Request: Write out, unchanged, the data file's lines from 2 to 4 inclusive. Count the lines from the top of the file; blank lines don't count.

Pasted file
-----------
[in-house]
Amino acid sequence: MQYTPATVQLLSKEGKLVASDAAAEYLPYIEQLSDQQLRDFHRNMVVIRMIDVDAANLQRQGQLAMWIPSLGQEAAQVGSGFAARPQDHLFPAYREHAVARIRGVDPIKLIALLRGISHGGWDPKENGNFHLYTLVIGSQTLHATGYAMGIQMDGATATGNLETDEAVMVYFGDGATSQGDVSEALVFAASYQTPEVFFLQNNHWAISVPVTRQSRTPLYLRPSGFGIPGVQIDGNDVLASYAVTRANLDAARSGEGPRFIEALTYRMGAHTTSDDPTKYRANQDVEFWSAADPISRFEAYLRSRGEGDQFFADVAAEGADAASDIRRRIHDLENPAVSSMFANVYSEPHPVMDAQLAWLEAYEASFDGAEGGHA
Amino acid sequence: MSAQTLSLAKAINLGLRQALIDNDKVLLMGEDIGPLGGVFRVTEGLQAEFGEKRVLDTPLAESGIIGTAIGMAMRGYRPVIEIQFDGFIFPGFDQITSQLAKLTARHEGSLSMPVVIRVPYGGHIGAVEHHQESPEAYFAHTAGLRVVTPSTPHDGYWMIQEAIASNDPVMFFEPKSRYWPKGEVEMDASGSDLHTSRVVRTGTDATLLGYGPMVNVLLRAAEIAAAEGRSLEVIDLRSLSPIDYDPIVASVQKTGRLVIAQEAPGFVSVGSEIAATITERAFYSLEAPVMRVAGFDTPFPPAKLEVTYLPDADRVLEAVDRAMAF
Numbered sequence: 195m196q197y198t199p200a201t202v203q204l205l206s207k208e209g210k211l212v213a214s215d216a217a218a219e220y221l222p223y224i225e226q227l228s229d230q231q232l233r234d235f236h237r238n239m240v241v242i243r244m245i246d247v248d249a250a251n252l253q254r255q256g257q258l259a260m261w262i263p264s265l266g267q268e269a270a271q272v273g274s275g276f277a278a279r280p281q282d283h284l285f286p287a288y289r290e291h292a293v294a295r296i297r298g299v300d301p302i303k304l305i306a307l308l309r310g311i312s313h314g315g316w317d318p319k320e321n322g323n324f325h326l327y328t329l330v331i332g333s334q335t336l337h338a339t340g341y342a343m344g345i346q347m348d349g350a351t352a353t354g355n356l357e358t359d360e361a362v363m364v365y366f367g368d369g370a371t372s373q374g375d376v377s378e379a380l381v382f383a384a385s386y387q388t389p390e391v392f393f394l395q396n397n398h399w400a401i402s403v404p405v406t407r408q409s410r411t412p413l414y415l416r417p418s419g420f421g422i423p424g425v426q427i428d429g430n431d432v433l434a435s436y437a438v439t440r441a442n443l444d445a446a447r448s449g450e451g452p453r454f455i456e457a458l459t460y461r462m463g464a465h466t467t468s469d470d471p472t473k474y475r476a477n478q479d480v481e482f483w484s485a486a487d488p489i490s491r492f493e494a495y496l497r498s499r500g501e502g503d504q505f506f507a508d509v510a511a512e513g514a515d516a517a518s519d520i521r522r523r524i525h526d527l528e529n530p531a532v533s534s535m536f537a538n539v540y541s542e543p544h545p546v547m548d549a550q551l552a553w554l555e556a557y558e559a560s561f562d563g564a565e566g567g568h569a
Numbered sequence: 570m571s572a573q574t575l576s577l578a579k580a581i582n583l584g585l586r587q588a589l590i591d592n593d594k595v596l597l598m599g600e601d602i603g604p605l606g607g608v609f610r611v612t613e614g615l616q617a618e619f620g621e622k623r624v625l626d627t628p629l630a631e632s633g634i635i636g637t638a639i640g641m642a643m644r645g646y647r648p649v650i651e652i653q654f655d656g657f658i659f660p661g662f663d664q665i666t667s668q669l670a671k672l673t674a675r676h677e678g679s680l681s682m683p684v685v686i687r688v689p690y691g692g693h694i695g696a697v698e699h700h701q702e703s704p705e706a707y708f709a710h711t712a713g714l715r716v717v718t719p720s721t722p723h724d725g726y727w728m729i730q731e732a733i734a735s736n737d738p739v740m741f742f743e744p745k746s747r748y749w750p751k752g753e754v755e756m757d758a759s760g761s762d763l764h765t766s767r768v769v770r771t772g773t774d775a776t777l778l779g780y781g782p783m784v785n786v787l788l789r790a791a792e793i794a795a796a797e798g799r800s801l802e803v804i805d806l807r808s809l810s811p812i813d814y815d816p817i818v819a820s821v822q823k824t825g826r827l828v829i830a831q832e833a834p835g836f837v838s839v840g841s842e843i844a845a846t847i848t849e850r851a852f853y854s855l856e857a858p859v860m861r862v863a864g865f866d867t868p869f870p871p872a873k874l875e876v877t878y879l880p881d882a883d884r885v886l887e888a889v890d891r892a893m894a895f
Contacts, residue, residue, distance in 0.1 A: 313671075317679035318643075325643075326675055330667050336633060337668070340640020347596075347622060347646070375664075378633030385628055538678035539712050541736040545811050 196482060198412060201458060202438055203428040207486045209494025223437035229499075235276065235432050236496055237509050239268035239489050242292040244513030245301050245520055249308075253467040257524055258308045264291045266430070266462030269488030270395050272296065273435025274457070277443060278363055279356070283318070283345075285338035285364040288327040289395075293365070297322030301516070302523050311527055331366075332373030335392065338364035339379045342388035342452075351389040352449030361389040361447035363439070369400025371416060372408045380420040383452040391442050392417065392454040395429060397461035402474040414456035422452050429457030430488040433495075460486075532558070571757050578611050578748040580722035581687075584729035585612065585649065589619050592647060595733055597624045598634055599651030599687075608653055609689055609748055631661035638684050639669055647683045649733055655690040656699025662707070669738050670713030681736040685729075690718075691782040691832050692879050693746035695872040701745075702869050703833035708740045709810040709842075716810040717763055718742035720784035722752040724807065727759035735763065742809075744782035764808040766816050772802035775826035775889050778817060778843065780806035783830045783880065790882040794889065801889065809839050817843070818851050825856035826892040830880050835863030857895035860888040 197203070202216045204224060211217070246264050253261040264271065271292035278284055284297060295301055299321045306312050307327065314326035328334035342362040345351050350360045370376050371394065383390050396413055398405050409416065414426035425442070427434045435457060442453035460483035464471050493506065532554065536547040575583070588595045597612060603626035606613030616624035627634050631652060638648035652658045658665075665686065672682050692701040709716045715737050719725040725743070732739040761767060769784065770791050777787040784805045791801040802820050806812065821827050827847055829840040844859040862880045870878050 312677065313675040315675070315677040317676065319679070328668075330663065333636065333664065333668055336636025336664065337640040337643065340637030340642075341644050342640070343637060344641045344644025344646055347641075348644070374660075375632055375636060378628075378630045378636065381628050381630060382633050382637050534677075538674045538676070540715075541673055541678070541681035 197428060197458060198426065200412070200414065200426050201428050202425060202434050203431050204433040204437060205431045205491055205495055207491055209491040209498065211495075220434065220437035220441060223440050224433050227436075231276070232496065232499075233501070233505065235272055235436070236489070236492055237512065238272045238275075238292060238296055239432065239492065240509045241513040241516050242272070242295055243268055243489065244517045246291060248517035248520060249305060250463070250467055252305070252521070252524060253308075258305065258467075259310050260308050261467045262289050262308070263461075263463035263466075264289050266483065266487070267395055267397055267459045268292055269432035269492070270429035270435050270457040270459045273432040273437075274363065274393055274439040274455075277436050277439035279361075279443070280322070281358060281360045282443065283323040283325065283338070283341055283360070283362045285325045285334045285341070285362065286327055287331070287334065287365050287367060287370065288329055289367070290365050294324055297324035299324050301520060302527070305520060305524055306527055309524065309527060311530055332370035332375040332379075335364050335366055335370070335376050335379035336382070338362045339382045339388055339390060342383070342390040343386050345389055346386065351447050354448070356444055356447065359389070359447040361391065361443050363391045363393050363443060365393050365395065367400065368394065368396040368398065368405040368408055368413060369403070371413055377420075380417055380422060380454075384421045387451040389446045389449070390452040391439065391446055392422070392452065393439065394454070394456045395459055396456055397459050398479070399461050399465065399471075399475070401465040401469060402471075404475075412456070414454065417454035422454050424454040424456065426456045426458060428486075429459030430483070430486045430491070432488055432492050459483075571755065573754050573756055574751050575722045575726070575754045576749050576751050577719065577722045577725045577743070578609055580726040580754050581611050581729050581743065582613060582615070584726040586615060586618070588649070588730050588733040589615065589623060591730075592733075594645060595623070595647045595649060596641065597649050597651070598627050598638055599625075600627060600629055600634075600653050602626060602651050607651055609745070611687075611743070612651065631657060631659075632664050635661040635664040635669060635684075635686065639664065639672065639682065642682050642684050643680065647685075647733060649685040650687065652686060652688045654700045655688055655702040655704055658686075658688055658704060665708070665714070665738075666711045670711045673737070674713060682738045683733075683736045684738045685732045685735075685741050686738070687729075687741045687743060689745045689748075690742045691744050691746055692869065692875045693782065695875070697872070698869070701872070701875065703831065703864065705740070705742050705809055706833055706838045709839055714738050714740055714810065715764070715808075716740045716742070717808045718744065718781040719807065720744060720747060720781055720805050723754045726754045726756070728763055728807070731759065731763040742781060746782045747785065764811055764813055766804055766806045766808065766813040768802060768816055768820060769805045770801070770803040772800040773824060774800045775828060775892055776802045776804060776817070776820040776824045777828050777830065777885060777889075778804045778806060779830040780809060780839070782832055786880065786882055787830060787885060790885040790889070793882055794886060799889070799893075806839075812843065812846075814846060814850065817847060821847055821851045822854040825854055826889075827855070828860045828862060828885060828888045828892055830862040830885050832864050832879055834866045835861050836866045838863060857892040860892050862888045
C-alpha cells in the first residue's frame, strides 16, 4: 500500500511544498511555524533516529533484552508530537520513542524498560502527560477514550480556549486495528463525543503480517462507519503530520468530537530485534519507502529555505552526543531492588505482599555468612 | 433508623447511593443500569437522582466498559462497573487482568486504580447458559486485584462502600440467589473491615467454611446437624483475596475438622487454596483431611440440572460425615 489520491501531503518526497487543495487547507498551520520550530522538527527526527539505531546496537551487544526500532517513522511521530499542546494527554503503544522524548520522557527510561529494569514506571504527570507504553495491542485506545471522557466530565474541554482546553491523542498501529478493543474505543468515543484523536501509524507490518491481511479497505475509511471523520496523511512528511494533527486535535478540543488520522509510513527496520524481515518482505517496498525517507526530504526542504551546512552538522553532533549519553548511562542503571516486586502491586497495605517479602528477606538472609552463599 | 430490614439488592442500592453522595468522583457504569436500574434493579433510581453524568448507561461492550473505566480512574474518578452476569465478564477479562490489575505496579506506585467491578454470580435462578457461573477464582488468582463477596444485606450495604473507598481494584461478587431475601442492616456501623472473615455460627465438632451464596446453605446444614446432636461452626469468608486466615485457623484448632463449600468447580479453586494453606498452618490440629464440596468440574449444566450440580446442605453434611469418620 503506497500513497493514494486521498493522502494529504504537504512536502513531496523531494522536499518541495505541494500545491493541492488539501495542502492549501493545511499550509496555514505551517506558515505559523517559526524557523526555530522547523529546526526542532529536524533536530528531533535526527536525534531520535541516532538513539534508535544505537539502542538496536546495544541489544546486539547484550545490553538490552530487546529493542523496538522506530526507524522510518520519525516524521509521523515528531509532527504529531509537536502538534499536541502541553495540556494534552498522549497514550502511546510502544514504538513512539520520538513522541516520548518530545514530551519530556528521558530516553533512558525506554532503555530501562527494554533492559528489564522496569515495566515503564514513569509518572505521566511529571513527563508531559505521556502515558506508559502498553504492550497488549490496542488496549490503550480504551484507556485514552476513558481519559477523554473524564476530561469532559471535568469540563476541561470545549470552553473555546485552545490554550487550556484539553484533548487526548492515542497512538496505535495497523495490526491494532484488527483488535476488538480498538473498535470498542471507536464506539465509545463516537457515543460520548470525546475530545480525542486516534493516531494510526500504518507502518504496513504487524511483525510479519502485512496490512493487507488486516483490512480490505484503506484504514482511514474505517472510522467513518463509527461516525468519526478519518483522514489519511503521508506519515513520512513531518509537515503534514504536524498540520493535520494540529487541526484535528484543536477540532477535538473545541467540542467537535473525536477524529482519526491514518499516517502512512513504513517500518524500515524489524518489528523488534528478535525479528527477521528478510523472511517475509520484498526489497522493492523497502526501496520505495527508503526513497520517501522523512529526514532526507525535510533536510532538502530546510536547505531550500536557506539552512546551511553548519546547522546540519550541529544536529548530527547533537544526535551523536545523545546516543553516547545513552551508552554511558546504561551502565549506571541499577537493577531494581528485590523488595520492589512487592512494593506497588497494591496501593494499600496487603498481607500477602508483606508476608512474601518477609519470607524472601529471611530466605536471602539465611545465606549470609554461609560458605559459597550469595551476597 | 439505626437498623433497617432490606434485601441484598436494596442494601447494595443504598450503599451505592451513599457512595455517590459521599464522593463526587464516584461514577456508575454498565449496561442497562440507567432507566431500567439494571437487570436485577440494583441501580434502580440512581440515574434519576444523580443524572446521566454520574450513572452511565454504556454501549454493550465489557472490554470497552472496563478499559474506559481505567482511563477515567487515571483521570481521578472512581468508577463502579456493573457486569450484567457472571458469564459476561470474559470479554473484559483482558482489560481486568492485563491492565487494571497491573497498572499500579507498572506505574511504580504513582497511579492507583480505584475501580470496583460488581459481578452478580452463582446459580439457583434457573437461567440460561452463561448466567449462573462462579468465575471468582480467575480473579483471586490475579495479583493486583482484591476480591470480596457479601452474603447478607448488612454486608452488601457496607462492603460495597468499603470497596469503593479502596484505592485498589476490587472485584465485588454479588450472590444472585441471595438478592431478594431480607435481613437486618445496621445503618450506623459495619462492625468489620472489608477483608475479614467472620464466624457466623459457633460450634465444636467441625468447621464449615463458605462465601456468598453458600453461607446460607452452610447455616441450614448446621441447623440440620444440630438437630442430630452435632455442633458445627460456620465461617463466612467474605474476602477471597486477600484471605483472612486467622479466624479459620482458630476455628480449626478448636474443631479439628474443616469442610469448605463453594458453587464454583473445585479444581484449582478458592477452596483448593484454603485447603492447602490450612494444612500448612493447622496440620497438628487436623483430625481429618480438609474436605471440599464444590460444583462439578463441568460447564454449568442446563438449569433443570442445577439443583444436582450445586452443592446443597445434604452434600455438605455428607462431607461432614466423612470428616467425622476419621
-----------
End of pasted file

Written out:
Amino acid sequence: MQYTPATVQLLSKEGKLVASDAAAEYLPYIEQLSDQQLRDFHRNMVVIRMIDVDAANLQRQGQLAMWIPSLGQEAAQVGSGFAARPQDHLFPAYREHAVARIRGVDPIKLIALLRGISHGGWDPKENGNFHLYTLVIGSQTLHATGYAMGIQMDGATATGNLETDEAVMVYFGDGATSQGDVSEALVFAASYQTPEVFFLQNNHWAISVPVTRQSRTPLYLRPSGFGIPGVQIDGNDVLASYAVTRANLDAARSGEGPRFIEALTYRMGAHTTSDDPTKYRANQDVEFWSAADPISRFEAYLRSRGEGDQFFADVAAEGADAASDIRRRIHDLENPAVSSMFANVYSEPHPVMDAQLAWLEAYEASFDGAEGGHA
Amino acid sequence: MSAQTLSLAKAINLGLRQALIDNDKVLLMGEDIGPLGGVFRVTEGLQAEFGEKRVLDTPLAESGIIGTAIGMAMRGYRPVIEIQFDGFIFPGFDQITSQLAKLTARHEGSLSMPVVIRVPYGGHIGAVEHHQESPEAYFAHTAGLRVVTPSTPHDGYWMIQEAIASNDPVMFFEPKSRYWPKGEVEMDASGSDLHTSRVVRTGTDATLLGYGPMVNVLLRAAEIAAAEGRSLEVIDLRSLSPIDYDPIVASVQKTGRLVIAQEAPGFVSVGSEIAATITERAFYSLEAPVMRVAGFDTPFPPAKLEVTYLPDADRVLEAVDRAMAF
Numbered sequence: 195m196q197y198t199p200a201t202v203q204l205l206s207k208e209g210k211l212v213a214s215d216a217a218a219e220y221l222p223y224i225e226q227l228s229d230q231q232l233r234d235f236h237r238n239m240v241v242i243r244m245i246d247v248d249a250a251n252l253q254r255q256g257q258l259a260m261w262i263p264s265l266g267q268e269a270a271q272v273g274s275g276f277a278a279r280p281q282d283h284l285f286p287a288y289r290e291h292a293v294a295r296i297r298g299v300d301p302i303k304l305i306a307l308l309r310g311i312s313h314g315g316w317d318p319k320e321n322g323n324f325h326l327y328t329l330v331i332g333s334q335t336l337h338a339t340g341y342a343m344g345i346q347m348d349g350a351t352a353t354g355n356l357e358t359d360e361a362v363m364v365y366f367g368d369g370a371t372s373q374g375d376v377s378e379a380l381v382f383a384a385s386y387q388t389p390e391v392f393f394l395q396n397n398h399w400a401i402s403v404p405v406t407r408q409s410r411t412p413l414y415l416r417p418s419g420f421g422i423p424g425v426q427i428d429g430n431d432v433l434a435s436y437a438v439t440r441a442n443l444d445a446a447r448s449g450e451g452p453r454f455i456e457a458l459t460y461r462m463g464a465h466t467t468s469d470d471p472t473k474y475r476a477n478q479d480v481e482f483w484s485a486a487d488p489i490s491r492f493e494a495y496l497r498s499r500g501e502g503d504q505f506f507a508d509v510a511a512e513g514a515d516a517a518s519d520i521r522r523r524i525h526d527l528e529n530p531a532v533s534s535m536f537a538n539v540y541s542e543p544h545p546v547m548d549a550q551l552a553w554l555e556a557y558e559a560s561f562d563g564a565e566g567g568h569a